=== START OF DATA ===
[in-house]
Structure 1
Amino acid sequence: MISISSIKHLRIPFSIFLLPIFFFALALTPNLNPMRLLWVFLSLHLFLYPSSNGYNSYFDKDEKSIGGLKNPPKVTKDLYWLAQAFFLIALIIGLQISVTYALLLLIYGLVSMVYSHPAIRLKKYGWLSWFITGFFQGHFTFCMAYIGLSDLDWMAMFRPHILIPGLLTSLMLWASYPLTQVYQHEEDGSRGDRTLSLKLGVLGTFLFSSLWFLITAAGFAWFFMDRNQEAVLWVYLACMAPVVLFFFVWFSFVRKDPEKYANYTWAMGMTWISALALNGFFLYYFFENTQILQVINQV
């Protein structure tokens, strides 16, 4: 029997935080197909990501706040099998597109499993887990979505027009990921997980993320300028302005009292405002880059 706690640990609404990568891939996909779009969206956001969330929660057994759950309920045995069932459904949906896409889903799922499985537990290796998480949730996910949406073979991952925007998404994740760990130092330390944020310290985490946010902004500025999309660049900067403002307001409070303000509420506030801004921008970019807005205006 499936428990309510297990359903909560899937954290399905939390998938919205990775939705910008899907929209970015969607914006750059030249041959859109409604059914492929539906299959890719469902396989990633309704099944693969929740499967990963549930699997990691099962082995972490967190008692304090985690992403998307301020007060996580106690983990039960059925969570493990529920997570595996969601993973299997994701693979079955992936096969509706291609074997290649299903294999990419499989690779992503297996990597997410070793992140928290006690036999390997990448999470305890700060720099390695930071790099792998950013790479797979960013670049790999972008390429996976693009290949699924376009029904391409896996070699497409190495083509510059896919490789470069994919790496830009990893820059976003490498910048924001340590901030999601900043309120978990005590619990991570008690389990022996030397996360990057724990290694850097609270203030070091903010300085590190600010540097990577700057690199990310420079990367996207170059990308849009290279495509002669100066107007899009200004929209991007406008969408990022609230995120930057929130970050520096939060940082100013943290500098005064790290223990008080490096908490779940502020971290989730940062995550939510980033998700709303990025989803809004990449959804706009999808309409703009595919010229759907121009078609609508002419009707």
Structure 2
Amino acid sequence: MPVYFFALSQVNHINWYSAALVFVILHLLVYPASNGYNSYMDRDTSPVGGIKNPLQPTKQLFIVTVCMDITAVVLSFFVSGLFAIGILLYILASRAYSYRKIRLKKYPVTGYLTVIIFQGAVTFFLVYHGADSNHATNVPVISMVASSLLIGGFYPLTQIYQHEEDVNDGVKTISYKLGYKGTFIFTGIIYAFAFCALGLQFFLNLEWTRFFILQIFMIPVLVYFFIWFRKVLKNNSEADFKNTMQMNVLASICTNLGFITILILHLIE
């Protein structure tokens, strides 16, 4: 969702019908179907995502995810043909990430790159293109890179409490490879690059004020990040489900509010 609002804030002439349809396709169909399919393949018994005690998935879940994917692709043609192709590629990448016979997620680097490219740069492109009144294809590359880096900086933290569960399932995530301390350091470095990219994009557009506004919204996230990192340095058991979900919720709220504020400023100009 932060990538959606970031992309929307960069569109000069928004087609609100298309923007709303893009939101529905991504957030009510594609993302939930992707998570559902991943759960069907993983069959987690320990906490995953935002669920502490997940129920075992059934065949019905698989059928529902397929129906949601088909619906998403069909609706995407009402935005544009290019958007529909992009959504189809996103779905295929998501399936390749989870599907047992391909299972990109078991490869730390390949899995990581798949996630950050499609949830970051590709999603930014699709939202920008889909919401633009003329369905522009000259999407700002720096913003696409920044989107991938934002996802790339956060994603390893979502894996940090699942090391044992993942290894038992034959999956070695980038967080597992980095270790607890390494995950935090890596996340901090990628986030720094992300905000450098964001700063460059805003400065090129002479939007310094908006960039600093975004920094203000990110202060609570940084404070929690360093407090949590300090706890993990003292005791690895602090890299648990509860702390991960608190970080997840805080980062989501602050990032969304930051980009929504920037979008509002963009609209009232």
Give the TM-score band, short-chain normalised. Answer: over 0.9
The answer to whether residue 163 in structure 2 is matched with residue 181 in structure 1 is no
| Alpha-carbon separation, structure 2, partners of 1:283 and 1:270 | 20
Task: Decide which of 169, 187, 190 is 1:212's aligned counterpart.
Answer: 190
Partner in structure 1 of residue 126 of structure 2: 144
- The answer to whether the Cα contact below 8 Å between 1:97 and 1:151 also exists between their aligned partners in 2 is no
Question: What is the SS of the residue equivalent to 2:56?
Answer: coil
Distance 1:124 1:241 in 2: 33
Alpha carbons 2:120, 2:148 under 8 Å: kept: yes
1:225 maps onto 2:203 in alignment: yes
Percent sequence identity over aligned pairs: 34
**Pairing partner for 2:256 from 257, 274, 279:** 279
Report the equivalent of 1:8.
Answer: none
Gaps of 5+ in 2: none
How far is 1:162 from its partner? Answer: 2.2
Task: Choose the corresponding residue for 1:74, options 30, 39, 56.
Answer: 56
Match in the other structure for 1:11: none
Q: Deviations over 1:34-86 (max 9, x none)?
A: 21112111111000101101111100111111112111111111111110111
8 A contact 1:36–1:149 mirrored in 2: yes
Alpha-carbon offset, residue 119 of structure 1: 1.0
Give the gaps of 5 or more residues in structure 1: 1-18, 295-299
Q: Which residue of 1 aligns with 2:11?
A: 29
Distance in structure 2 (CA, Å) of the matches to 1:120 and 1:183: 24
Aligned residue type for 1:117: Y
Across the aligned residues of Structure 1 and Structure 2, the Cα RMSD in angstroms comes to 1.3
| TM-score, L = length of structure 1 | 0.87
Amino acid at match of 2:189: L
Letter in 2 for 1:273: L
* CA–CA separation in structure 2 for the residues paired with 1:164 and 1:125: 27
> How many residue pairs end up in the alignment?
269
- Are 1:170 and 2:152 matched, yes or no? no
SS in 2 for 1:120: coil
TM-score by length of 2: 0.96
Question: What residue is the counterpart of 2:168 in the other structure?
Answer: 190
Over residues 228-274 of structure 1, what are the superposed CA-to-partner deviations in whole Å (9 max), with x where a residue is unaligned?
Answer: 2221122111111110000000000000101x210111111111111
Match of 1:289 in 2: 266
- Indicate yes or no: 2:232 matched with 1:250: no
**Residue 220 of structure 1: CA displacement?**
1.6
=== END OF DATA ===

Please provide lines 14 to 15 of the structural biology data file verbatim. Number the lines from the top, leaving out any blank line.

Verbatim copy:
- The answer to whether the Cα contact below 8 Å between 1:97 and 1:151 also exists between their aligned partners in 2 is no
Question: What is the SS of the residue equivalent to 2:56?